on 6th of April as a fine piece of art the microscope was delivered to VUB grounds by Crown Fine Art transporter company.
in two large trucks
carefully unloaded and moved into the just finished EM building
column, the heart of the microscope is packed into the box Nr1. Of course!
it looks beautiful
many, many boxes
and more boxes
Many thanks to coordinated efforts of Crown Fine Art, JEOL and VUB infrastructure teams for making the microscope delivery a great success!
And for having very nice spring weather to whoever is in charge…
By 6th of April the EM building is completed enough to receive cryoARM300. The decoration works in the control room and facade are to be finished still, but they will not interfere with the assembly of the microscope.
We would like to thank VUB infrastructure department and builders for managing to finish all the essential works on time!
neither snow not night slow down the construction works
Last bits of demolition are executed before the concrete floor and walls are built.
This old but historically significant building will be turned into a new cryo-EM centre. With a bit of delay the reconstruction works begun with demolition.
Success of cryo-EM in determining high-resolution structures of biomolecules is acknowledged with 2017 chemistry Nobel prize. Cheers to everyone who contributed to making possible recordings of the images of biological molecules frozen alive and turning these noisy 2D images into beautiful high-resolution 3D atomic models!
New generation JEOL cryoARM300 will be installed on VUB campus in the beginning of 2018! The cryo-EM centre will also include two 120 kV JEOM JEM-1400 screening microscopes.
There are openings for Postdoctoral and PhD positions in cryo-EM group. Check JOBS for details.
The 2016 Nobel Prize in chemistry goes to three scientists that created the first human-made molecular machines!
Recognition of the potential molecular machines have for the future technology and research is an important milestone. It will provide support to the research filed with new engineered molecular machines to come.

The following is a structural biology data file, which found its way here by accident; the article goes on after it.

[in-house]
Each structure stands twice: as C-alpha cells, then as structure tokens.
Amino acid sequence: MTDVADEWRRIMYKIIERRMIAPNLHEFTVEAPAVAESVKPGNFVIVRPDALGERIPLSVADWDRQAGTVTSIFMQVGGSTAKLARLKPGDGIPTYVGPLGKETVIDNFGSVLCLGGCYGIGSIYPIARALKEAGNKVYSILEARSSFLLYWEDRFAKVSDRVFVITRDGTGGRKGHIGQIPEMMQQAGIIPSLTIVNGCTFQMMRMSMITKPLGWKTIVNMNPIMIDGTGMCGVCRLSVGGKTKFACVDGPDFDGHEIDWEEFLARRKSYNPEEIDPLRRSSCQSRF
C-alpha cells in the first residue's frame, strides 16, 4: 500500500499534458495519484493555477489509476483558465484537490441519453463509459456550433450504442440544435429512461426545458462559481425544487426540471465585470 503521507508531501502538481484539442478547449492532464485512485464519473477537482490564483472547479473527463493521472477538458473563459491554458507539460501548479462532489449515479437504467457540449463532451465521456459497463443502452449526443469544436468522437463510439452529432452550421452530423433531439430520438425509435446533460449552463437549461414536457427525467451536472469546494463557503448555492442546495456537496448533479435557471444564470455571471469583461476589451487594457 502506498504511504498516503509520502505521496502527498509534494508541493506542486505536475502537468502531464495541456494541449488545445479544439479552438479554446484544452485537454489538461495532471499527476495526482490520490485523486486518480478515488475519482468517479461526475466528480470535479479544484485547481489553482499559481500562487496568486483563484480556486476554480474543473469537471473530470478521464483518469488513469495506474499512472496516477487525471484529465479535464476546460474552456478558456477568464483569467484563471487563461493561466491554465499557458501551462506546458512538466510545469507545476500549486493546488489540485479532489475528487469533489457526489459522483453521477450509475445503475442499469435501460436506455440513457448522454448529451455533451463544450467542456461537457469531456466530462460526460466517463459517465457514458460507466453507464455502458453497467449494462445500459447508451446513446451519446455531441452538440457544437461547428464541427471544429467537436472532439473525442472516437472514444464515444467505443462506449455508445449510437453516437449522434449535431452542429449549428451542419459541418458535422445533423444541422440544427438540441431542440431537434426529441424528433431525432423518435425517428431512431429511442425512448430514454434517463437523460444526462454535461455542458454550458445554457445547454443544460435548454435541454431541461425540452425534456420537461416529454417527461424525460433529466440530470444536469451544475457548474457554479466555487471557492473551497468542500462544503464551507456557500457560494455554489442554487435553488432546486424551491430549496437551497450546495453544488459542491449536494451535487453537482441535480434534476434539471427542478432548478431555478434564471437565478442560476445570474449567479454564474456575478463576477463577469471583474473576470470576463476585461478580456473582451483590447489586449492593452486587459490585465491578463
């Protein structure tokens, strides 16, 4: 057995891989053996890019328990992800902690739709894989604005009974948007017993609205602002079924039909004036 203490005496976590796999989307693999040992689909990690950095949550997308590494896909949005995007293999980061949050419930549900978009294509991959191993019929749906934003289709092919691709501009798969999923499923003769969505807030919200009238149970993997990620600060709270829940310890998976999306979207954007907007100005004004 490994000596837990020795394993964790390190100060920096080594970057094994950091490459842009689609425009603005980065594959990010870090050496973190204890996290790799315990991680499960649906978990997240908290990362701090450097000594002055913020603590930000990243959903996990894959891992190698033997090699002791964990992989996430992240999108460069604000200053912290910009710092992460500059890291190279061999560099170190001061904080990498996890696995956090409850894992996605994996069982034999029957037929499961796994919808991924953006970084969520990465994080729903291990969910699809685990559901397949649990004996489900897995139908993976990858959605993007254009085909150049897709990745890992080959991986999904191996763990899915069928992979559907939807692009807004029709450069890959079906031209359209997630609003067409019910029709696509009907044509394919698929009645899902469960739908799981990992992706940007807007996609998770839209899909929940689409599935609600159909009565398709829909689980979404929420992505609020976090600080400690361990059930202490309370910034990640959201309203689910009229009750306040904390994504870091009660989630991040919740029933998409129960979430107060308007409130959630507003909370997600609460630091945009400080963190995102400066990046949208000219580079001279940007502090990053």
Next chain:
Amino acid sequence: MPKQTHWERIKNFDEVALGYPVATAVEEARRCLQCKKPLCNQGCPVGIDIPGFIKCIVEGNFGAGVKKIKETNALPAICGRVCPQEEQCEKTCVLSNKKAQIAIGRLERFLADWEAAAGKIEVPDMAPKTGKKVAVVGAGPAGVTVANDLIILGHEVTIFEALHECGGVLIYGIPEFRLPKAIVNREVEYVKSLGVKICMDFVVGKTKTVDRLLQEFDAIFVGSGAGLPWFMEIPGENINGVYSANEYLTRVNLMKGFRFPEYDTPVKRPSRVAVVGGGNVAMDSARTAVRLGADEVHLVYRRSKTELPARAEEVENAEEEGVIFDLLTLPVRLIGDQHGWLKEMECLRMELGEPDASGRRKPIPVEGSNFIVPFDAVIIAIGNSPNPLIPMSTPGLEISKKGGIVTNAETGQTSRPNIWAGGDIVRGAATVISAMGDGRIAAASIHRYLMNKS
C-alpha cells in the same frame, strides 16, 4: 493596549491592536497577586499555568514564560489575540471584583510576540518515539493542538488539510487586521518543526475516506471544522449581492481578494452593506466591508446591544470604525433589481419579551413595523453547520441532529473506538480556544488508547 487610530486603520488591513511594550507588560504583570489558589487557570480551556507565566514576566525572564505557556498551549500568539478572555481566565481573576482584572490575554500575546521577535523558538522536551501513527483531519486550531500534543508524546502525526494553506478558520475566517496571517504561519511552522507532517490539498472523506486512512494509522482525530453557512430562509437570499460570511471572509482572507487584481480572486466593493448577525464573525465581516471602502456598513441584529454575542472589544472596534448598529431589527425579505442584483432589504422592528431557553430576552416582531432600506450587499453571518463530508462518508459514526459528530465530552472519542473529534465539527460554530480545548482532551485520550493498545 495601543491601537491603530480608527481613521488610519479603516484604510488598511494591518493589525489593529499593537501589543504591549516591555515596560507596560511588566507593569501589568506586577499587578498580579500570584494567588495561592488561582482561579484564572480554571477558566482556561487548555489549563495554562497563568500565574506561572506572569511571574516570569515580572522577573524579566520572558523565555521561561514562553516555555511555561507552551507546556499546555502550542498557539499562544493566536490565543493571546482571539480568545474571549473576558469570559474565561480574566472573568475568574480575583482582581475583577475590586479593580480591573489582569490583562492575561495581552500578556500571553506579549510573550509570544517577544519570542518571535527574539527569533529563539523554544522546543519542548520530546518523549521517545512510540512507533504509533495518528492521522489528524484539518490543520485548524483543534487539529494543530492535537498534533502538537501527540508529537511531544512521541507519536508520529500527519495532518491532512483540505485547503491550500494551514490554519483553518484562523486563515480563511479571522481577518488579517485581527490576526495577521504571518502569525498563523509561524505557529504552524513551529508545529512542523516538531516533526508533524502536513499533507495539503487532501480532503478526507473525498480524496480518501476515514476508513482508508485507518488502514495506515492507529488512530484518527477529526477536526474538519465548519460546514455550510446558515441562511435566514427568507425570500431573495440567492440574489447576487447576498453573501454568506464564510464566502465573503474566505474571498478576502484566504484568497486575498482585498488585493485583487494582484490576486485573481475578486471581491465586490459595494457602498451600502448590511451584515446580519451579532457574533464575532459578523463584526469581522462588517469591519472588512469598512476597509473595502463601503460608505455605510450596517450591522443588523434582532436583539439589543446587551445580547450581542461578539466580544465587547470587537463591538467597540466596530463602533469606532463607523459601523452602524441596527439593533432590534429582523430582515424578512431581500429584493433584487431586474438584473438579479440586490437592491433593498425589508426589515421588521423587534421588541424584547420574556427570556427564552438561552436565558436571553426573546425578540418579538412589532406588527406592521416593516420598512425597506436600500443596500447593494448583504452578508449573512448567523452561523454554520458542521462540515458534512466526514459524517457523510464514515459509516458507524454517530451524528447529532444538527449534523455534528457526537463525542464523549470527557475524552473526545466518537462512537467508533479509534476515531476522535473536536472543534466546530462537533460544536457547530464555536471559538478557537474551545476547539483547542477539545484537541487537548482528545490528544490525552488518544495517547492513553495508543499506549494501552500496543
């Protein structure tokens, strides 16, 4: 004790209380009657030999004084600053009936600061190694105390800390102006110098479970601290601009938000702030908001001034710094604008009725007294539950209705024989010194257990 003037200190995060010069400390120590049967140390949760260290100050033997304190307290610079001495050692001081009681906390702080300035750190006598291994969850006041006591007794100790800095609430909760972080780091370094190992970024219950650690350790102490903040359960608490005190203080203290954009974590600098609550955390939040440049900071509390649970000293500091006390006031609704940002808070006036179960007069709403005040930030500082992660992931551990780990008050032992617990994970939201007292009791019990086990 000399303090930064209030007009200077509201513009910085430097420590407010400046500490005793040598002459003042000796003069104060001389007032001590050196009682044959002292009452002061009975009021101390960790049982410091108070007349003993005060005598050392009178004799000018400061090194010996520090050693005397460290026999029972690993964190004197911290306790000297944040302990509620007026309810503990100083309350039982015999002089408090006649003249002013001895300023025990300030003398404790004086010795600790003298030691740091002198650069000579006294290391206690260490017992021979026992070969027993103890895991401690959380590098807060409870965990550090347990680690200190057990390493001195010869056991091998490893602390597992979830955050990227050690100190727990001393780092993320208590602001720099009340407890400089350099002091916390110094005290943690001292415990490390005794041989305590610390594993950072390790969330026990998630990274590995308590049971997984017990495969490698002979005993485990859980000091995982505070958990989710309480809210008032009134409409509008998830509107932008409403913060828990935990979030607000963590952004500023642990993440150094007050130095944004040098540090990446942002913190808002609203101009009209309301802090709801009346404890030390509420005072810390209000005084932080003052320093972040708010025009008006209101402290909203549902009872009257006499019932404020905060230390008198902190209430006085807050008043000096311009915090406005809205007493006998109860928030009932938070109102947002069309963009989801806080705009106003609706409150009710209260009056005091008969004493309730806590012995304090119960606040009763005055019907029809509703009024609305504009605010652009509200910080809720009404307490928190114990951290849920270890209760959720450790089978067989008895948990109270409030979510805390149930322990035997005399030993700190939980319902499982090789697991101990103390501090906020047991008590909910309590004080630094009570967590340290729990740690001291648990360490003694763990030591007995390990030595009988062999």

Molecular machines are widespread in nature: most of the critical processes in the living organisms are facilitated by biological molecular machines our understanding of which is still limited. I believe that it is the combination of our ability in making more and more complex molecular machines on one hand and deeper understanding of the complexity of the biological molecular machines on the other will eventually lead to development of the true nanorobots capable of performing sophisticated and controlled processes on molecular scale.
One day hypothetical Maxwell daemon will become a reality in the service to a humankind.
An essay of Isaac Asimov is published in MIT technology review titled “How do people get new ideas?“.
A remarkable idea of requirements for creativity is well expressed by the following paragraph:
“Probably more inhibiting than anything else is a feeling of responsibility. The great ideas of the ages have come from people who weren’t paid to have great ideas, but were paid to be teachers or patent clerks or petty officials, or were not paid at all. The great ideas came as side issues.”